Other bloggers were sceptical of Mr Rudd’s commitment to the medium, pointing to the strict limitations he was imposing on comments left by users, usually the lifeblood of blogs.
In addition to the common prohibitions on defamatory and abusive content, the rules for Mr Rudd’s blog say that comments will be accepted for only "five business days" from the time the post is published, be moderated by his staff strictly during business hours, cannot include links to other websites, and are limited to 300 words…
I suppose the limitations are unsurprising; one can imagine there might otherwise be more comments than anyone could reasonably handle.
My own comment policy
I don’t over-encourage comments here either, closing posts (when I remember to) after around two weeks. This is partly to limit all the spam I have to check, because while Akismet catches 99.9% of the spam you still have to read them all in case some are mistakes. The About page and the What’s New? sticky post are always open, however, and I have a Contact page, so I don’t think I am being too mean. I do reserve the right to edit or delete – the first sometimes for the sake of the commenter, the second for legal and/or ethical reasons.
Learning from other blogs
One of the benefits of surfing lots of blogs on BlogExplosion is seeing what works and what doesn’t work.
Now I know my photoblogs take a while to download because I display decent size photos rather than thumbnails – but I like the look better that way and apologise to any for whom the download time is a problem. Same applies sometimes to this blog, but there is a graphics-free version as well. On the other hand I have noticed some blogs that have lots of third-party widgets and ads, not to mention flash and so on, which simply don’t download in the 30 seconds given by BlogExplosion. This seems to me rather self-defeating. What do you think?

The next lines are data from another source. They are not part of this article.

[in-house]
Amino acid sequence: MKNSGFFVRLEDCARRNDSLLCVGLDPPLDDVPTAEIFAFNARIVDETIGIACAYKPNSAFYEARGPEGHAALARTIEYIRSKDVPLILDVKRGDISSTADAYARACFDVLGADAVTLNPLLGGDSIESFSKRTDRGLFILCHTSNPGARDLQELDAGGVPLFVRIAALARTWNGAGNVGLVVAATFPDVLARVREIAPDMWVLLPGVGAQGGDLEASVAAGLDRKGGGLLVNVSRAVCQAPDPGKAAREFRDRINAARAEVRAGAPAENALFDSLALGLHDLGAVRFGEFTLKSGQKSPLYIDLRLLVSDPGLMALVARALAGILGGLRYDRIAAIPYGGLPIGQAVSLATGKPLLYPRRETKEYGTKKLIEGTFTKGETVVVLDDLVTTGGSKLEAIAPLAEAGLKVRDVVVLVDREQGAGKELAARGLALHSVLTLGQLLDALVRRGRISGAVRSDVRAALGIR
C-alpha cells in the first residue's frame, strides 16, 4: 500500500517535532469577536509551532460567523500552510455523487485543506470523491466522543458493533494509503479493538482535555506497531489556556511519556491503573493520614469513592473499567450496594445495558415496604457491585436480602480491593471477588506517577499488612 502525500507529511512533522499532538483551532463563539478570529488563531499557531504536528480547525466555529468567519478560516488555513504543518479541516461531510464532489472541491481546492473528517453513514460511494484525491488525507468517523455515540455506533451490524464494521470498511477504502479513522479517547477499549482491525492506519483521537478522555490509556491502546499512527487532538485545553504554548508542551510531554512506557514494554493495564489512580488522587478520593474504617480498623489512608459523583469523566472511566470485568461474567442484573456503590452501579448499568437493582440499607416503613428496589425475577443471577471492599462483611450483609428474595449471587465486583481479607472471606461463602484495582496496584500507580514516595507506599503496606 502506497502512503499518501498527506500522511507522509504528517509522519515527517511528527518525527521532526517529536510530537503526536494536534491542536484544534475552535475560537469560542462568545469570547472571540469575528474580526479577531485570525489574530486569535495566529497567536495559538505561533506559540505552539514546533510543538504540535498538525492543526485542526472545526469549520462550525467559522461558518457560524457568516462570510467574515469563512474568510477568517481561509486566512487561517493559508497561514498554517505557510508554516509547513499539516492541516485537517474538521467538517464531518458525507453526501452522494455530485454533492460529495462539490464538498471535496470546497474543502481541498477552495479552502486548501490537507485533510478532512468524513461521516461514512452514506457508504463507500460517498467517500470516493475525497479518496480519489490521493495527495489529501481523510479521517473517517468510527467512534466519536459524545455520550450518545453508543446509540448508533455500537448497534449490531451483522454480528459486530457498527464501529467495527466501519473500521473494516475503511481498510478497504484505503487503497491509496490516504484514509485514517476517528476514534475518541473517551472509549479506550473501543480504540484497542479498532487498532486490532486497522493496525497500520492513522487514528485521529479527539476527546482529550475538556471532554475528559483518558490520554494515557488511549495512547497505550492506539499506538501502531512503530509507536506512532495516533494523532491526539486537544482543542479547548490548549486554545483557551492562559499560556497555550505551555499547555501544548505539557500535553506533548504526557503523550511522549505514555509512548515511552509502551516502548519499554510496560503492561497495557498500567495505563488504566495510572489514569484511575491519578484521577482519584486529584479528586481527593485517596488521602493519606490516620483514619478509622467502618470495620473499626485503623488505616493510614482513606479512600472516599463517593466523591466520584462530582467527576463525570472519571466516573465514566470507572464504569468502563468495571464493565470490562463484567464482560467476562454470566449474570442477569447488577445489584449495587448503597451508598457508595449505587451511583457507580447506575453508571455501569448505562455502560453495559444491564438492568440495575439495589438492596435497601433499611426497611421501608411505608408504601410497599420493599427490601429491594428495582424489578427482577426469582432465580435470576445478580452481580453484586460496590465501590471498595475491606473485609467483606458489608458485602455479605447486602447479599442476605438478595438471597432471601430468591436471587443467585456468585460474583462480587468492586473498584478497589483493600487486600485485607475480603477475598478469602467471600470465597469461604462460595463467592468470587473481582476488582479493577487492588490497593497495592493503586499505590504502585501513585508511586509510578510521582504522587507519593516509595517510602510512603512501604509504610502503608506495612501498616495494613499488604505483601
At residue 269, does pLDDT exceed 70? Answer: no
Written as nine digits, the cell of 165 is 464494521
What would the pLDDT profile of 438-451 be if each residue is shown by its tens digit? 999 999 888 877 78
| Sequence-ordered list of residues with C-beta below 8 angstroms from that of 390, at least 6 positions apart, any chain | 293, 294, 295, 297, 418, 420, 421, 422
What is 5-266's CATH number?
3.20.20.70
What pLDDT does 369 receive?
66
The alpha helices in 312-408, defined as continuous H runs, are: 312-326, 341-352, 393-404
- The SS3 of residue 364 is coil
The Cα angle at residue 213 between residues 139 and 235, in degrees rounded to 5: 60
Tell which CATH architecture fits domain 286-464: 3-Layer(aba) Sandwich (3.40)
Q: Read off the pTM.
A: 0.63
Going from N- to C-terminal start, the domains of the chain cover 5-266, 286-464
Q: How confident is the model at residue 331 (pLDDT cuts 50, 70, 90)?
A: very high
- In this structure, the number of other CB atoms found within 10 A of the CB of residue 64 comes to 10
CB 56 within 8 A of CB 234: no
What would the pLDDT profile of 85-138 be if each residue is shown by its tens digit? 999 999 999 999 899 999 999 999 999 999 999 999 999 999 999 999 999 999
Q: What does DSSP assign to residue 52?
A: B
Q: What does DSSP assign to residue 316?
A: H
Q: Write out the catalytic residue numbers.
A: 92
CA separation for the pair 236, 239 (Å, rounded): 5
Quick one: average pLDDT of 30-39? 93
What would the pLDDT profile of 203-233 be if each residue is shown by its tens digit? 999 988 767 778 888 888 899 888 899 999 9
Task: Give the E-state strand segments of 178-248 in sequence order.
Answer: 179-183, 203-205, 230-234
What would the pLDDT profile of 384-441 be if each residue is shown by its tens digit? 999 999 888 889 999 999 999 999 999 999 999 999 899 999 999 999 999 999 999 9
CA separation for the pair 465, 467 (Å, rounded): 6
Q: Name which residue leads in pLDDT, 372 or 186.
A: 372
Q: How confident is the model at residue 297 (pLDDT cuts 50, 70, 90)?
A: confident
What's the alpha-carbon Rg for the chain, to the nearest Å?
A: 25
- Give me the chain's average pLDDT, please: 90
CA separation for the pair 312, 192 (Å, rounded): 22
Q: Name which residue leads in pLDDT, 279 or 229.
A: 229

This follows a highly critical alert from Secunia. I like Firefox, so I’ll probably reinstall it asap. Meanwhile I have made Google Chrome my default browser. It gets 100% thumbs up from Secunia. IE8 doesn’t, but the risk there is rated moderate, but I don’t use IE8 often.
Update 16 July
I have reinstalled Firefox, despite the warning, hoping my various cyber condoms make the problem less significant. I am nonetheless keeping Chrome as my default browser for the time being. It is less resource hungry than it was when I first tried it and it certainly looks good.
Time for a geeky entry.
I have just discovered cloud antivirus.
Yes, that is all you see when you open it up. It is always up to date without downloading updates!
See more here. So far I am pleased with it.
A while ago I reported on RadarSync and other geeky things. I eventually gave up on RadarSync – too many odd results. Instead I am giving Update Notifier a go. So far so good. I also use Secunia PSI on demand, not always switched on. I now have a 100% secure score from Secunia. The latest version also assesses browsers. Guess which one has an unpatched vulnerability, albeit rated as “less critical”?
For my firewall I am using Outpost Firewall Free.
Update 8 July
I have stopped using Panda Cloud and reinstated avast!. Panda Cloud worked well but I found it used more CPU in operation than my computer could spare.